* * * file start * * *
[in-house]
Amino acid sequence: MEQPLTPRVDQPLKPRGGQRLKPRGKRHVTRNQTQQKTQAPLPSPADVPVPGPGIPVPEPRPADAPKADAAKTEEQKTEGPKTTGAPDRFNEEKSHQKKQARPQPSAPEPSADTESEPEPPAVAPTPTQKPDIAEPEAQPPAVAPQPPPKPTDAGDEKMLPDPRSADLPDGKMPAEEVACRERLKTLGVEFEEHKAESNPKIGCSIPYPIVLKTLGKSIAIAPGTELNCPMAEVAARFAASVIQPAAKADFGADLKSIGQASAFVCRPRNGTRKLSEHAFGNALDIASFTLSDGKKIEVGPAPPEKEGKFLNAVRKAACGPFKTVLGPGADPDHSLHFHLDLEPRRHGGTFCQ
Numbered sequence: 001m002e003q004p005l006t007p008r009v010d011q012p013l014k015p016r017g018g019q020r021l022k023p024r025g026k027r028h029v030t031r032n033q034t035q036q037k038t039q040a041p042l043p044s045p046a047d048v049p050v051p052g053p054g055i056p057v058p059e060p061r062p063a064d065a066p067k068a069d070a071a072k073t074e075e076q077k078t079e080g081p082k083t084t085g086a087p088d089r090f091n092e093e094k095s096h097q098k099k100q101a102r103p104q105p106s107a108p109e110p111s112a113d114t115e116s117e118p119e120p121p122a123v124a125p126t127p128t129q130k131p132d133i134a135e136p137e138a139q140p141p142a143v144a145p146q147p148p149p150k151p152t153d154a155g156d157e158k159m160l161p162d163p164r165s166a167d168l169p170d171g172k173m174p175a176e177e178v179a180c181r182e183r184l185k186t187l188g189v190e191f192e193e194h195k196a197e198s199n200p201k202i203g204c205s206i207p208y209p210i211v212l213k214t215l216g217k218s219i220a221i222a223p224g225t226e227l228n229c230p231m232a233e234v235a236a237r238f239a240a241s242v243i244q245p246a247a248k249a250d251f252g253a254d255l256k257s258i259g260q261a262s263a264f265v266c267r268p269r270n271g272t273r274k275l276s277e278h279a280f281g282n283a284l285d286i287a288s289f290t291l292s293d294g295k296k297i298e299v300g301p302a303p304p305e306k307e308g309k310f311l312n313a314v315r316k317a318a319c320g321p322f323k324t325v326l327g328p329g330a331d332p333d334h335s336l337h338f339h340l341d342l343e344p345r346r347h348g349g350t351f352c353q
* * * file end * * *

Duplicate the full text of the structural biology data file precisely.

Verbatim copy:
[in-house]
Amino acid sequence: MEQPLTPRVDQPLKPRGGQRLKPRGKRHVTRNQTQQKTQAPLPSPADVPVPGPGIPVPEPRPADAPKADAAKTEEQKTEGPKTTGAPDRFNEEKSHQKKQARPQPSAPEPSADTESEPEPPAVAPTPTQKPDIAEPEAQPPAVAPQPPPKPTDAGDEKMLPDPRSADLPDGKMPAEEVACRERLKTLGVEFEEHKAESNPKIGCSIPYPIVLKTLGKSIAIAPGTELNCPMAEVAARFAASVIQPAAKADFGADLKSIGQASAFVCRPRNGTRKLSEHAFGNALDIASFTLSDGKKIEVGPAPPEKEGKFLNAVRKAACGPFKTVLGPGADPDHSLHFHLDLEPRRHGGTFCQ
Numbered sequence: 001m002e003q004p005l006t007p008r009v010d011q012p013l014k015p016r017g018g019q020r021l022k023p024r025g026k027r028h029v030t031r032n033q034t035q036q037k038t039q040a041p042l043p044s045p046a047d048v049p050v051p052g053p054g055i056p057v058p059e060p061r062p063a064d065a066p067k068a069d070a071a072k073t074e075e076q077k078t079e080g081p082k083t084t085g086a087p088d089r090f091n092e093e094k095s096h097q098k099k100q101a102r103p104q105p106s107a108p109e110p111s112a113d114t115e116s117e118p119e120p121p122a123v124a125p126t127p128t129q130k131p132d133i134a135e136p137e138a139q140p141p142a143v144a145p146q147p148p149p150k151p152t153d154a155g156d157e158k159m160l161p162d163p164r165s166a167d168l169p170d171g172k173m174p175a176e177e178v179a180c181r182e183r184l185k186t187l188g189v190e191f192e193e194h195k196a197e198s199n200p201k202i203g204c205s206i207p208y209p210i211v212l213k214t215l216g217k218s219i220a221i222a223p224g225t226e227l228n229c230p231m232a233e234v235a236a237r238f239a240a241s242v243i244q245p246a247a248k249a250d251f252g253a254d255l256k257s258i259g260q261a262s263a264f265v266c267r268p269r270n271g272t273r274k275l276s277e278h279a280f281g282n283a284l285d286i287a288s289f290t291l292s293d294g295k296k297i298e299v300g301p302a303p304p305e306k307e308g309k310f311l312n313a314v315r316k317a318a319c320g321p322f323k324t325v326l327g328p329g330a331d332p333d334h335s336l337h338f339h340l341d342l343e344p345r346r347h348g349g350t351f352c353q